This led her to the MBA program by Quantic, which featured a mobile platform for remote access and a comprehensive curriculum for deep learning. The coursework came in bit-size video sessions which were easy to fit into her busy schedule to ensure completion.
Today, Paige Drobny is a successful entrepreneur with multiple businesses.
Entrepreneur 7 – Olivia Lin, Studio 1 Labs
Olivia Lin started Studio 1 Labs, a textile technology company, but soon realized she had gaps in knowledge of business and strategy. Lin found it difficult to keep up in important conversations with executives and possible partners about her company.
This undermined her efforts to generate interest for her smart blankets capable of reading patients’ vitals.
Lin, thus, decided to apply for an executive MBA from Quantic to gain a better understanding of finance, marketing strategy, and accounting within the context of starting a tech company.
Today, Olivia Lin is a recognized entrepreneur who recently won the Markham Board of Trade Aspire Startup Award and was featured in Girls in Tech.
Entrepreneur 8 – Cindy Mi, VIPKid
Cindy Mi is an avid educator, entrepreneur, and founder of VIPKid, an online tutoring company from China worth billions of dollars.
However, the climb to the top was arduous.
Cindy Mi started with ABC English, a language-teaching school based entirely in China. Though the company was profitable, the industry was hyper-competitive. She needed to scale her idea and go global to stay competitive but had no experience running a multinational.
This inspired Cindy Mi to undertake an MBA from Cheung Kong Graduate School where she learned how to run an international business and expanded her network. Soon after, VIPKid was established with investments from Sequoia Capital, Tencent, and Yunfeng Capital.
Today, Cindy Mi is a world-famous entrepreneur and often advises on building a global company.
Entrepreneur 9 – Ramona Hood, FedEx
19-year-old Ramona Hood was a single mom working a 9-to-5 job when she landed a receptionist role at Roberts Express, which later became FedEx Custom Critical.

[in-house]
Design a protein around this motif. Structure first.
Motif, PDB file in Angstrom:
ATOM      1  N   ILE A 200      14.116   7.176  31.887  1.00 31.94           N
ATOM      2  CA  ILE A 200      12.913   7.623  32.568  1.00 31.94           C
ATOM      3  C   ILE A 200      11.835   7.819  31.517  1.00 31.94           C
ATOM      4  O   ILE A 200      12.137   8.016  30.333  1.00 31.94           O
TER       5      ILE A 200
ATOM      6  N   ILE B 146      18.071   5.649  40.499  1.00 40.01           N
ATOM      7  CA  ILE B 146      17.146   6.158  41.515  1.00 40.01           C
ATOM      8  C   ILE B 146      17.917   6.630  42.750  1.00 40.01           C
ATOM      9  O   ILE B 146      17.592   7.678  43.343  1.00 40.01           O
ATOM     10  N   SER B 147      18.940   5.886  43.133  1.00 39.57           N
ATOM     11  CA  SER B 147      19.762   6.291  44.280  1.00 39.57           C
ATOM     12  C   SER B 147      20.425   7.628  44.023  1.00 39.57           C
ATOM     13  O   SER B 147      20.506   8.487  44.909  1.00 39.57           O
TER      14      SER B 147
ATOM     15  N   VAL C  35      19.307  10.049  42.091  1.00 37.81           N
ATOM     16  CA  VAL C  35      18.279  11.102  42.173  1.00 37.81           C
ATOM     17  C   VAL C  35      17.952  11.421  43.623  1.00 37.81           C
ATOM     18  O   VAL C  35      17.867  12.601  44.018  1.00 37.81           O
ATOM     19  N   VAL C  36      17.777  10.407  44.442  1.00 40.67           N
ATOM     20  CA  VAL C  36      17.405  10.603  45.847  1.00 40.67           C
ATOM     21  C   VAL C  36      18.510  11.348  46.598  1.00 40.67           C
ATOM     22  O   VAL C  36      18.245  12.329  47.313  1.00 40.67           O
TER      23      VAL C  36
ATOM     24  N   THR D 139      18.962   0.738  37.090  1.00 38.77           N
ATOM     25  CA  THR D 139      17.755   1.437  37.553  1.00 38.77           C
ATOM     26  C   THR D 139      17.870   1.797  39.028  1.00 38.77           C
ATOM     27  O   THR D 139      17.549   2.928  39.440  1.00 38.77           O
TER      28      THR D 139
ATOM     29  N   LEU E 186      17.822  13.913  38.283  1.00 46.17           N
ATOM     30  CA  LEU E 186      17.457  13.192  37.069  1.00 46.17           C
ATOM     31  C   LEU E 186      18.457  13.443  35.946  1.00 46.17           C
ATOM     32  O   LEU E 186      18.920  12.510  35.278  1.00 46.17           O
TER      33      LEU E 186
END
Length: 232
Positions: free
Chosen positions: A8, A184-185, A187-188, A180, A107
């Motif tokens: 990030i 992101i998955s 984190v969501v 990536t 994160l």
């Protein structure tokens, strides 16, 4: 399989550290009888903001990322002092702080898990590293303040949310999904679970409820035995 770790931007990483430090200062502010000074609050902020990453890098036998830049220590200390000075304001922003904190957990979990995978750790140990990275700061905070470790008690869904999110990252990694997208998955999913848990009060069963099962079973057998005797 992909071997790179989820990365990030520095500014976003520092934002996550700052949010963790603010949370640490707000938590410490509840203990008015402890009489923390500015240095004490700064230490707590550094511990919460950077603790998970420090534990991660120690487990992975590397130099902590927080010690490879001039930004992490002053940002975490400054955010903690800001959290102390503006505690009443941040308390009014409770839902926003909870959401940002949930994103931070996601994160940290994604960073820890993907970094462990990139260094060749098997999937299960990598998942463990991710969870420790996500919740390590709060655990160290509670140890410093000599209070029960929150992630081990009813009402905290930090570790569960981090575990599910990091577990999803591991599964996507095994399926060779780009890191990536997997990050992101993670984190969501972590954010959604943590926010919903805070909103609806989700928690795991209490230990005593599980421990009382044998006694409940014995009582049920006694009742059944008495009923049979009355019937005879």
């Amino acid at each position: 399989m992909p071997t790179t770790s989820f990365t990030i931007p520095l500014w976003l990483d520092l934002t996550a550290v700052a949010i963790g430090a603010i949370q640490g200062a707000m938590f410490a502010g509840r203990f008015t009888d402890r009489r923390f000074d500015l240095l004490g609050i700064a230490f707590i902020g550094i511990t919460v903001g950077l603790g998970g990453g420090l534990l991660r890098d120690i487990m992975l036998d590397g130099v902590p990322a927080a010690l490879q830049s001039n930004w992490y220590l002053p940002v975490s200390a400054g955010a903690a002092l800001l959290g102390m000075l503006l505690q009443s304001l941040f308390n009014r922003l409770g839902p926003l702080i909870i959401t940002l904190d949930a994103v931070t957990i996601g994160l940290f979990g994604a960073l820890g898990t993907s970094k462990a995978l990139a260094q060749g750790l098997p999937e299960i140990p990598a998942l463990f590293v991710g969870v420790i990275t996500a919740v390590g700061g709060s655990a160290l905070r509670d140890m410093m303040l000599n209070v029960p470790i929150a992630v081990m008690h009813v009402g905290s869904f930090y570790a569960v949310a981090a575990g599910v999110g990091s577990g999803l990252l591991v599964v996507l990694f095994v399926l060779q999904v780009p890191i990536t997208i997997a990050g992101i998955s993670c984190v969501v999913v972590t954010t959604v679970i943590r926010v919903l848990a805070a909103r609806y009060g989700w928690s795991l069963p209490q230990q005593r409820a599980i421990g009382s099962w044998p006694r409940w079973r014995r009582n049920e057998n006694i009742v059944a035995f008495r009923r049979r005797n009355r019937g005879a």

FedEx exposed Hood to various roles and positions, leading her to develop an interest in business leadership. Her interest inspired her to obtain a Bachelor in Business Management from Walsh and later an executive MBA from Case Western.
With her business experience and education, Ramona Hood rose to senior management and later became the first ever black woman to lead FedEx.
Today, Ramona Hood is glass ceiling-shattering proof that women can have both a successful business career and a family.
Entrepreneur 10 – Melaye Ras-Work, Efficio Consulting
Melaye Ras-Work has an MBA from INSEAD, a Bachelor in Economics from Brown, and is co-founder of Efficio Consulting, the largest global consultancy focused entirely on procurement.
In the early years of Efficio, Melaye struggled to find funding due to the 2000 dotcom crash when there was little interest in financing a professional services startup.
So, Melaye drew on her MBA training and restructured her expenses and cash flows while organically growing her client base. This strategy solved their funding problem and turned Efficio into a global brand.
Today, the company has a talent pool of 500 experts and serves clients across Europe, North America, and the Middle East.
How Can Women Be More Successful in Getting Business Leadership Positions?
It’s no coincidence that the most innovative companies are also the most diverse.
Men and women experience the world differently which informs their approaches to business. Working together facilitates exchange of ideas and promotes the creativity that pushes organizations forward.
In particular, women have a unique insight into the “female economy” and a better understanding of purchase motivations. Any organization with female customers needs this knowledge to compete effectively.
This is why it’s critical to have more female corporate leaders, and an MBA is an excellent way to achieve this.
Quantic MBA is an accredited online program that will help you break into the business world, whether you’re looking to start your venture or work your way up to senior leadership.
An MBA from Quantic will give you:
- A deep understanding of key business principles and entrepreneurship
- The perspective and analytical skills of senior leadership
- A high caliber student and alumni network; spanning over 150 countries. This will help you expand your professional horizons.
Apply for the Quantic MBA today and jump-start your career.